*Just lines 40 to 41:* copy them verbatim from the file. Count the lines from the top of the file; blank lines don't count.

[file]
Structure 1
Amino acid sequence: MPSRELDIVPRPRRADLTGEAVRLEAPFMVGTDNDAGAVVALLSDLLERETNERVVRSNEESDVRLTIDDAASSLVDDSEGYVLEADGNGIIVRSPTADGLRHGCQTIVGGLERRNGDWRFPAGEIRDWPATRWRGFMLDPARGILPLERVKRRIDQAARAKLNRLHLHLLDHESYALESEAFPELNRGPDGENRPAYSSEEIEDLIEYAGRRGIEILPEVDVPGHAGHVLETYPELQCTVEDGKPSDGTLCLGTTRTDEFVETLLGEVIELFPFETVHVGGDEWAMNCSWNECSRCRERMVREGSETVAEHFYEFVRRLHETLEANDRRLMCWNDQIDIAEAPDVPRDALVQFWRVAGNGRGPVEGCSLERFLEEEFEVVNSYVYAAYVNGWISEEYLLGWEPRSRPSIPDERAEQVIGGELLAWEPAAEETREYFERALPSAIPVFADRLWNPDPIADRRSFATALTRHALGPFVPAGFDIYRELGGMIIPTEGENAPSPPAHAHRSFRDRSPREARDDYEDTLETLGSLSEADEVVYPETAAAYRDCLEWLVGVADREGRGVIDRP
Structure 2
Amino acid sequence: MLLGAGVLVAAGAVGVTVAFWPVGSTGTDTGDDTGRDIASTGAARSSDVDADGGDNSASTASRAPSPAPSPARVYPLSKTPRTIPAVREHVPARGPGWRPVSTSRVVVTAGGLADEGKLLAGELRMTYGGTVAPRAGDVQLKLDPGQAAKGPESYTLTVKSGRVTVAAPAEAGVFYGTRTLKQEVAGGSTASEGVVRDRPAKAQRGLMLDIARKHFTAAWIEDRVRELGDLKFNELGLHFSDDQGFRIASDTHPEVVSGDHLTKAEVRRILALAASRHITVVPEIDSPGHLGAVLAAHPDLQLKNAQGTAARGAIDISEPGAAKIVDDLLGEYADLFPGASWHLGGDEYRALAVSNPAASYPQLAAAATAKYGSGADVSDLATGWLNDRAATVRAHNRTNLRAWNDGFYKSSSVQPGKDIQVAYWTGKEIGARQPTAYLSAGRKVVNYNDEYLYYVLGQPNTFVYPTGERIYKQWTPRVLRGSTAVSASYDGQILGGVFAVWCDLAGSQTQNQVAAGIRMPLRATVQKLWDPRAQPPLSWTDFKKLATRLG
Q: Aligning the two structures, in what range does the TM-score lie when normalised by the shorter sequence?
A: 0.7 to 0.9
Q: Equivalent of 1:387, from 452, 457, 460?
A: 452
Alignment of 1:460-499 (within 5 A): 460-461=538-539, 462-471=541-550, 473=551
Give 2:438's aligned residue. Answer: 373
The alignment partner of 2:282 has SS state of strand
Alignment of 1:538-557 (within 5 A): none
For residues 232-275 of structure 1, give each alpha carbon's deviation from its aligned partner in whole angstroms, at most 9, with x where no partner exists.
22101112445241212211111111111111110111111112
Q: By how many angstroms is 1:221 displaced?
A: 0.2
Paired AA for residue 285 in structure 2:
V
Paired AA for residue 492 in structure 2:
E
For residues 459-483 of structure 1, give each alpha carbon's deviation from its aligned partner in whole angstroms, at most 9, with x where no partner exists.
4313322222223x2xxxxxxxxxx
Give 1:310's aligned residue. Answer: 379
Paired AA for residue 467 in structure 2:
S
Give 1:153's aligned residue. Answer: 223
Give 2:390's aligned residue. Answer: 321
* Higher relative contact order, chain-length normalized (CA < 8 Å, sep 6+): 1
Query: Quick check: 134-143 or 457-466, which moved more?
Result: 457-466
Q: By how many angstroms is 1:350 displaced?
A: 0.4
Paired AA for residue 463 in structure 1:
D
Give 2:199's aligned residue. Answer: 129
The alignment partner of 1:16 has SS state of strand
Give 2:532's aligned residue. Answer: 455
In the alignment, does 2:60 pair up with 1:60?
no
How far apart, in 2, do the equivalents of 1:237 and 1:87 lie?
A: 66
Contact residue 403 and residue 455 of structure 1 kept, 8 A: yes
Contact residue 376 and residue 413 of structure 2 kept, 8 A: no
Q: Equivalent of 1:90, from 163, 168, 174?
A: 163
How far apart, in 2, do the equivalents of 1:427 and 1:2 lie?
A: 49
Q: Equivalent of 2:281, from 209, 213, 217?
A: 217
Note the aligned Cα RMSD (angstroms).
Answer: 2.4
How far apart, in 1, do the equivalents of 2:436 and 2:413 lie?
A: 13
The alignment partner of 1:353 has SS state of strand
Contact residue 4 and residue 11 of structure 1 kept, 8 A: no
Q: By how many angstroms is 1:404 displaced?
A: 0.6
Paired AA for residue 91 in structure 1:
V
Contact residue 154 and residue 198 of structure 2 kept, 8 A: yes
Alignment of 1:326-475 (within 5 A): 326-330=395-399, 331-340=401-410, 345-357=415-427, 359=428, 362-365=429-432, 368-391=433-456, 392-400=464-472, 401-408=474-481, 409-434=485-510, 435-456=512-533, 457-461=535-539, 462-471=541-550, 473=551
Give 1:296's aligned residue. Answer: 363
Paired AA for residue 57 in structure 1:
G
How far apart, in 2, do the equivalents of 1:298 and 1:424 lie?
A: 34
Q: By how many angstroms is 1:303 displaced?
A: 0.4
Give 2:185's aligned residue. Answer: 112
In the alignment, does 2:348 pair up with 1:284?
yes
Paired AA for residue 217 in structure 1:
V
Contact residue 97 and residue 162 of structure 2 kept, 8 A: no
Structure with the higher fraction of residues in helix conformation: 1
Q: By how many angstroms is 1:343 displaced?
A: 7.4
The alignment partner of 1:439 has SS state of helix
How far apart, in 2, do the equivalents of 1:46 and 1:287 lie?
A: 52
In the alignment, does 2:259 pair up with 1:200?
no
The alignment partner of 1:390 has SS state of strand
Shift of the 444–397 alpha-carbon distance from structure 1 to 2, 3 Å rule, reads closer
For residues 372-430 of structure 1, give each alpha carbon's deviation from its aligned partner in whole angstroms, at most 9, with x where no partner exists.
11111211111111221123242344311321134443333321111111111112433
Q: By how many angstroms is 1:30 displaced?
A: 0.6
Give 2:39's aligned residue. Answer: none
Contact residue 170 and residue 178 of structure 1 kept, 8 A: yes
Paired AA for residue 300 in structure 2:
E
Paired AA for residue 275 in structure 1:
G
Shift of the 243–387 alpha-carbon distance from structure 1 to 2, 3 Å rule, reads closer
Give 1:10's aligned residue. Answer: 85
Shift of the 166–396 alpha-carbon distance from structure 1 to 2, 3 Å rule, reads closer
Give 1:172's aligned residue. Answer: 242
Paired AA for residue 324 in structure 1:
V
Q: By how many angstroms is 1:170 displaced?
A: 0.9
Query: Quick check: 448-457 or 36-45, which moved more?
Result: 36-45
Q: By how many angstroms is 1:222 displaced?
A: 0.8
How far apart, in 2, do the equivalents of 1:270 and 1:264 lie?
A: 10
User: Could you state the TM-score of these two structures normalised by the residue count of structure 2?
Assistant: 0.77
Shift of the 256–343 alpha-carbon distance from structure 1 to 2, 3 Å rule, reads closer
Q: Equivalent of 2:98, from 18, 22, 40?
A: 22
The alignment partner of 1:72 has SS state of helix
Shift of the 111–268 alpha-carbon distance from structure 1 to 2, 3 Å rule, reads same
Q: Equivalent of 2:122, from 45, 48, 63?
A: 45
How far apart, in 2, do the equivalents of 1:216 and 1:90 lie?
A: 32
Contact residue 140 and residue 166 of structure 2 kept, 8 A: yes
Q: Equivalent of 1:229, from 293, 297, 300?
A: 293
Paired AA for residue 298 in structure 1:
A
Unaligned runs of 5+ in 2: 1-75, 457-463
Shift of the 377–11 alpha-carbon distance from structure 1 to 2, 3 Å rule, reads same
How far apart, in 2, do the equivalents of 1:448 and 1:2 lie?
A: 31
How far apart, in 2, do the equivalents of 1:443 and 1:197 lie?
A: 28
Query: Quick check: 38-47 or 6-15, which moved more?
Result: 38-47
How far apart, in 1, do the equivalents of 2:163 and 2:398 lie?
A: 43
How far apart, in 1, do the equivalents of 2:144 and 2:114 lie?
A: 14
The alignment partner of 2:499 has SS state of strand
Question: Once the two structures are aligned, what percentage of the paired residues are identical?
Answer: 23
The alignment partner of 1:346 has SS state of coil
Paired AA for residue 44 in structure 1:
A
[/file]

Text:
How far apart, in 2, do the equivalents of 1:237 and 1:87 lie?
A: 66